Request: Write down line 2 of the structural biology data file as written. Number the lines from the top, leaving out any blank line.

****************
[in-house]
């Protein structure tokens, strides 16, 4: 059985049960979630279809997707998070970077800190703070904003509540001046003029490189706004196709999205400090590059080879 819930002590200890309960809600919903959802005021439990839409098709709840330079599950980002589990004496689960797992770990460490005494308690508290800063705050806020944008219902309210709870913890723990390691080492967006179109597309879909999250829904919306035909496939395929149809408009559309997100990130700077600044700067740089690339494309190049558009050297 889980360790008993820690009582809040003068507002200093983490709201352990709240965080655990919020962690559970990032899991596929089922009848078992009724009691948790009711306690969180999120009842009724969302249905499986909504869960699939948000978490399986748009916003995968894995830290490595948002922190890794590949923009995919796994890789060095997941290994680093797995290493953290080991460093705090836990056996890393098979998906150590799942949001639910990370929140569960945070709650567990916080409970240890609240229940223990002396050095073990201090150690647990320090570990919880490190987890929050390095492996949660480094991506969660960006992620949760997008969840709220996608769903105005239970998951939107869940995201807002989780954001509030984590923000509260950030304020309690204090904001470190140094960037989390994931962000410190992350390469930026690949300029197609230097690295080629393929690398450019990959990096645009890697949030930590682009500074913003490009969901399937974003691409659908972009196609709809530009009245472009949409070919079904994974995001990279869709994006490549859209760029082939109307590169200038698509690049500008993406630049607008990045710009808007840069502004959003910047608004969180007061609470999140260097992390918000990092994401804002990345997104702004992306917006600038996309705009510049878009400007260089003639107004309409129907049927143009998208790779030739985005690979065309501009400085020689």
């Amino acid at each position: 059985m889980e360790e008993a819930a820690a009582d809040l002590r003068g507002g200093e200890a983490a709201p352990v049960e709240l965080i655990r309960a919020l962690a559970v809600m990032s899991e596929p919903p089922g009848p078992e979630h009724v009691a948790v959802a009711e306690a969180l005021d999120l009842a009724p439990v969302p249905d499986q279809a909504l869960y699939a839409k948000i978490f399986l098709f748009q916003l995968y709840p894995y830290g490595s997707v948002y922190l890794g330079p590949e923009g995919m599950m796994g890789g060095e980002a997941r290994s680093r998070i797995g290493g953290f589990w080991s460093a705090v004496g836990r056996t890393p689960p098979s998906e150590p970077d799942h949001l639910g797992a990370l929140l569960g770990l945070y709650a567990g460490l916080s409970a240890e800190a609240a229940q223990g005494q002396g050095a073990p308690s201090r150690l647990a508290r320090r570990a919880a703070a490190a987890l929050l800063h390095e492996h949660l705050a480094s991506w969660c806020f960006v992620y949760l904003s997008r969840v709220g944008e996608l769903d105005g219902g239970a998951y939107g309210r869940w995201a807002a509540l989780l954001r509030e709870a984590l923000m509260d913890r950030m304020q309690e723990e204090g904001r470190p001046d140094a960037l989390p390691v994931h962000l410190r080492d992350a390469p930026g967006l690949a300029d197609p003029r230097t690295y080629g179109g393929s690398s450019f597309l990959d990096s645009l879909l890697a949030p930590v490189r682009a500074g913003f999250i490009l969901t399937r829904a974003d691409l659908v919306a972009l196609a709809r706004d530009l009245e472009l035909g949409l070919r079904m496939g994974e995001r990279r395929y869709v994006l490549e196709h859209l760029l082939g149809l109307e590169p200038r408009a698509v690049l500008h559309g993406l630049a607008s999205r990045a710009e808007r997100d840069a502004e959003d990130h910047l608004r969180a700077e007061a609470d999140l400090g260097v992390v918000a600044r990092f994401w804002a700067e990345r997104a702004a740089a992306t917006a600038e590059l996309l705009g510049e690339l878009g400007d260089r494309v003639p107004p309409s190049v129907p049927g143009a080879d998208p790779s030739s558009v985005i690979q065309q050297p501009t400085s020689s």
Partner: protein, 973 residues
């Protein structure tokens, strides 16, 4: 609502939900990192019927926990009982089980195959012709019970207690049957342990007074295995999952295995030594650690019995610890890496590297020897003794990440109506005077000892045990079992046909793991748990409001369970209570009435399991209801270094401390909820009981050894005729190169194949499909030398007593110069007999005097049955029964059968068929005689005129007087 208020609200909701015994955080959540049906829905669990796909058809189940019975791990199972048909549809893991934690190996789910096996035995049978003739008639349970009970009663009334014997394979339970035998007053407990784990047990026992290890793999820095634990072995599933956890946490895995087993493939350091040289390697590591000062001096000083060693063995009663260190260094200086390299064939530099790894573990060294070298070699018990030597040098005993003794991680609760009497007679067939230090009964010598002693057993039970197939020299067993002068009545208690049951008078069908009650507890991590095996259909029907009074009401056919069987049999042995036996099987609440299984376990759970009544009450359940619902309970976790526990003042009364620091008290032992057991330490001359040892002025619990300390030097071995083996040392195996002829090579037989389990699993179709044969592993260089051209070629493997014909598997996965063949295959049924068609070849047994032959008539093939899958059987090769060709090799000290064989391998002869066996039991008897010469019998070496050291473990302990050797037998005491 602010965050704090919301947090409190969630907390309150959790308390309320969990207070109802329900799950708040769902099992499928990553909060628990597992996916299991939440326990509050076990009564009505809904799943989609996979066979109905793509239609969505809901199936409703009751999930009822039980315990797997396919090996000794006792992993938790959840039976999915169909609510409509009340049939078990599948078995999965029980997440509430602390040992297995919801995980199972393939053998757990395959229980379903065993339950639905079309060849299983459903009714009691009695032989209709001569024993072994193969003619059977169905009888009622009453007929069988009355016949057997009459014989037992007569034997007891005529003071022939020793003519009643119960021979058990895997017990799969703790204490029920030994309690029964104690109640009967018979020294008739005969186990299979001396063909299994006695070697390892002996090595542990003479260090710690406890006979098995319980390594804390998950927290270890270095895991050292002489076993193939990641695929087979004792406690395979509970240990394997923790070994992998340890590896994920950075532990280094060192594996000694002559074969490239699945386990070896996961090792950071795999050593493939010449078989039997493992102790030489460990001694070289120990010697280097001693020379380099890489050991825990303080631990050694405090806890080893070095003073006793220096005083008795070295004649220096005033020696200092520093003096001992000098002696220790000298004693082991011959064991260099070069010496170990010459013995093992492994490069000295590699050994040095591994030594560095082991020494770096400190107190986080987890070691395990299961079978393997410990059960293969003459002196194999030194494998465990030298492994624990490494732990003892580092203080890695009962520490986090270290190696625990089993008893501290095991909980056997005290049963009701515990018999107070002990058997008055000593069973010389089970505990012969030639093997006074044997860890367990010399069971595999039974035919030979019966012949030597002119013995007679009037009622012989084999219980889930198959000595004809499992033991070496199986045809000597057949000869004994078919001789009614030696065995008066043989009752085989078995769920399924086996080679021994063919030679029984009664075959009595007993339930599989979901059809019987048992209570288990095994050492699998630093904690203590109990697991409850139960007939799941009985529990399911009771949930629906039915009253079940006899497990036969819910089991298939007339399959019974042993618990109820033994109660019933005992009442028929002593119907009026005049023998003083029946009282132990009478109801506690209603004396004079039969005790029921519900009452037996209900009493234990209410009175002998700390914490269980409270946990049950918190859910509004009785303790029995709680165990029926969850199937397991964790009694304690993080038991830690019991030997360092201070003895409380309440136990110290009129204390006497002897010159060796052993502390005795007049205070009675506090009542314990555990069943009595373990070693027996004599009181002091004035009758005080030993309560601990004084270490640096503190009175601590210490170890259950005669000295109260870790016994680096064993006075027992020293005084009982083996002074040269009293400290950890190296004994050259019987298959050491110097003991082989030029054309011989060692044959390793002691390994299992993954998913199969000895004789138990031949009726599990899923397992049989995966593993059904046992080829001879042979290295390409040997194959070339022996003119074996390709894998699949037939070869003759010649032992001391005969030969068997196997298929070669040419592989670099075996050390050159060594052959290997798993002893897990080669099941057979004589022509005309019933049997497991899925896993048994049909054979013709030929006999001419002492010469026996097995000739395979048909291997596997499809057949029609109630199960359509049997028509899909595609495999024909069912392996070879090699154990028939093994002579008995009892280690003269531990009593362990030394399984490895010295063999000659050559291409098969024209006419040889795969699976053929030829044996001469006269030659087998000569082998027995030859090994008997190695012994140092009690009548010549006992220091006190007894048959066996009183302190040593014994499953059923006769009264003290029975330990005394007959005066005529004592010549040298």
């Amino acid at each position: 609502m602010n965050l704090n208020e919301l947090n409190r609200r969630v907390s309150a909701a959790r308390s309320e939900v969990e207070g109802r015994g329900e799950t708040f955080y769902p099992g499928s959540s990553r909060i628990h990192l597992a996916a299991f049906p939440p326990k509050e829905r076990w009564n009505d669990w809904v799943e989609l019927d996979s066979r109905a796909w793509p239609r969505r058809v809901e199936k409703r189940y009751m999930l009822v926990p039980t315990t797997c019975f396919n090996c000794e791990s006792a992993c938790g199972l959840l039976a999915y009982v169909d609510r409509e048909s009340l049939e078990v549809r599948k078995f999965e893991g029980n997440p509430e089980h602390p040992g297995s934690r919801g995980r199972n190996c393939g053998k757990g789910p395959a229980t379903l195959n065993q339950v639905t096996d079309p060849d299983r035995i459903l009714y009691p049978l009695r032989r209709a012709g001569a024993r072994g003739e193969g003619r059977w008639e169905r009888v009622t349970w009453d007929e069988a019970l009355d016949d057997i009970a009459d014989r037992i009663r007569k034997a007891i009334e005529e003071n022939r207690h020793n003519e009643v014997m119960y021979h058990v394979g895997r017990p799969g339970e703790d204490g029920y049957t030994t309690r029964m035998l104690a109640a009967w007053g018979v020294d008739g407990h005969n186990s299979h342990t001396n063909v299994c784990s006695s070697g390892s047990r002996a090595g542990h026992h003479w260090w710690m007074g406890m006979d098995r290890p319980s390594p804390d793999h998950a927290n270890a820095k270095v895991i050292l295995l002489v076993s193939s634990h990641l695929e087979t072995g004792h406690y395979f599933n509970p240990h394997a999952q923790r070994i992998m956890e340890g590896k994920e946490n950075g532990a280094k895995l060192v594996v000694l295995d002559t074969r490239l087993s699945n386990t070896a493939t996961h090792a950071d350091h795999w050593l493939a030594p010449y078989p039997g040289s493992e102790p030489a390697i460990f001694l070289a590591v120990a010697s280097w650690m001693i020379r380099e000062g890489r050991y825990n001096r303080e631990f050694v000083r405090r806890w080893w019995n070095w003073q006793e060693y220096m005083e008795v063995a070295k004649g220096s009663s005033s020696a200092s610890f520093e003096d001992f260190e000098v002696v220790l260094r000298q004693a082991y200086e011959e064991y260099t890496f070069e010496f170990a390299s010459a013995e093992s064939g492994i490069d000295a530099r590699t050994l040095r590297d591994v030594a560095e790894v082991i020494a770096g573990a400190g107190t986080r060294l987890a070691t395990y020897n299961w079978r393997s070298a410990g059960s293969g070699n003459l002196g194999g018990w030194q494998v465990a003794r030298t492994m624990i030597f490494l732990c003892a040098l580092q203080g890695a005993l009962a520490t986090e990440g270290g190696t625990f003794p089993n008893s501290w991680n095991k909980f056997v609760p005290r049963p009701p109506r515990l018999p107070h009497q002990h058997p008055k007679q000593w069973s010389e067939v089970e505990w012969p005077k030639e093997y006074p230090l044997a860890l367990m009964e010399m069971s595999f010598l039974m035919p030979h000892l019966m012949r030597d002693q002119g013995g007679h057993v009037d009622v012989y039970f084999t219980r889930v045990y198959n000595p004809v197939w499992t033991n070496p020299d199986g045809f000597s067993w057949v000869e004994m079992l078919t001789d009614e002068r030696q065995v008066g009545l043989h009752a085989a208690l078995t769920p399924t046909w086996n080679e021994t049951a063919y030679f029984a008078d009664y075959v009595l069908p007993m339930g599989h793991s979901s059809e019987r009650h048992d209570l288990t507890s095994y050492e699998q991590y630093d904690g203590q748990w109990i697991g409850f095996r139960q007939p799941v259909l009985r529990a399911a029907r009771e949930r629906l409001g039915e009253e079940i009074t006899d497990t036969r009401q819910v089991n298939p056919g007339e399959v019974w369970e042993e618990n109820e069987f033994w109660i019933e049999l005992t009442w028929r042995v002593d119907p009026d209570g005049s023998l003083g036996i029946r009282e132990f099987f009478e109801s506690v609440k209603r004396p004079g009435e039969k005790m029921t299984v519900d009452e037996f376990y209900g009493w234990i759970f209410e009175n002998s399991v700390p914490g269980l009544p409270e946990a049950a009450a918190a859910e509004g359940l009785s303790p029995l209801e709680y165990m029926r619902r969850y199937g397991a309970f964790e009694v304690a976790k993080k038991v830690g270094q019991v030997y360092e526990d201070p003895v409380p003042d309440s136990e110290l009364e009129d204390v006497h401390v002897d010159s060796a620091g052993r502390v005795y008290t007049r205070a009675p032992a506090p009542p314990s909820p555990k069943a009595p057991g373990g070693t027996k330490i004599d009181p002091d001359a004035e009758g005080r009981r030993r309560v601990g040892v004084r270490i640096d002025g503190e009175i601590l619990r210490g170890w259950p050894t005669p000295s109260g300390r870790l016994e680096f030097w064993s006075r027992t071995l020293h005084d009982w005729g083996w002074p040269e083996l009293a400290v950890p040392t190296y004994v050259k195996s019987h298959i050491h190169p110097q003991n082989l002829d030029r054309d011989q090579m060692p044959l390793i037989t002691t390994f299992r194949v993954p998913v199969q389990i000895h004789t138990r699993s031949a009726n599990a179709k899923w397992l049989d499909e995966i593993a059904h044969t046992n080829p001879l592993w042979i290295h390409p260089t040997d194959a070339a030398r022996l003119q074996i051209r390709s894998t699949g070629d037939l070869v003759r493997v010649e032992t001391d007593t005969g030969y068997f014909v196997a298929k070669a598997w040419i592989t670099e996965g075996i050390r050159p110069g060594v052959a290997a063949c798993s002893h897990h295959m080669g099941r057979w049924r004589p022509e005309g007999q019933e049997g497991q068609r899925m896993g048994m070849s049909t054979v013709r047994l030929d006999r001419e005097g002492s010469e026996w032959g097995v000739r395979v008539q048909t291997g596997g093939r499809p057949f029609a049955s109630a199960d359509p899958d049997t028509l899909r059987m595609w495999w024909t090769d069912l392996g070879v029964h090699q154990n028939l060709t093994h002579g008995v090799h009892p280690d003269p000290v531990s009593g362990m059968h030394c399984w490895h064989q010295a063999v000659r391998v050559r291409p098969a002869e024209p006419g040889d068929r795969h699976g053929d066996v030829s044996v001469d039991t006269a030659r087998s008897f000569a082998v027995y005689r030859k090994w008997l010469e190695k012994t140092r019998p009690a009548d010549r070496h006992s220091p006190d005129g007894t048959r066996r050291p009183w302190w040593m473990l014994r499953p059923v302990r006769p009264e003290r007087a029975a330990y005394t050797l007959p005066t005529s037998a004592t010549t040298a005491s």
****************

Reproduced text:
């Protein structure tokens, strides 16, 4: 059985049960979630279809997707998070970077800190703070904003509540001046003029490189706004196709999205400090590059080879 819930002590200890309960809600919903959802005021439990839409098709709840330079599950980002589990004496689960797992770990460490005494308690508290800063705050806020944008219902309210709870913890723990390691080492967006179109597309879909999250829904919306035909496939395929149809408009559309997100990130700077600044700067740089690339494309190049558009050297 889980360790008993820690009582809040003068507002200093983490709201352990709240965080655990919020962690559970990032899991596929089922009848078992009724009691948790009711306690969180999120009842009724969302249905499986909504869960699939948000978490399986748009916003995968894995830290490595948002922190890794590949923009995919796994890789060095997941290994680093797995290493953290080991460093705090836990056996890393098979998906150590799942949001639910990370929140569960945070709650567990916080409970240890609240229940223990002396050095073990201090150690647990320090570990919880490190987890929050390095492996949660480094991506969660960006992620949760997008969840709220996608769903105005239970998951939107869940995201807002989780954001509030984590923000509260950030304020309690204090904001470190140094960037989390994931962000410190992350390469930026690949300029197609230097690295080629393929690398450019990959990096645009890697949030930590682009500074913003490009969901399937974003691409659908972009196609709809530009009245472009949409070919079904994974995001990279869709994006490549859209760029082939109307590169200038698509690049500008993406630049607008990045710009808007840069502004959003910047608004969180007061609470999140260097992390918000990092994401804002990345997104702004992306917006600038996309705009510049878009400007260089003639107004309409129907049927143009998208790779030739985005690979065309501009400085020689």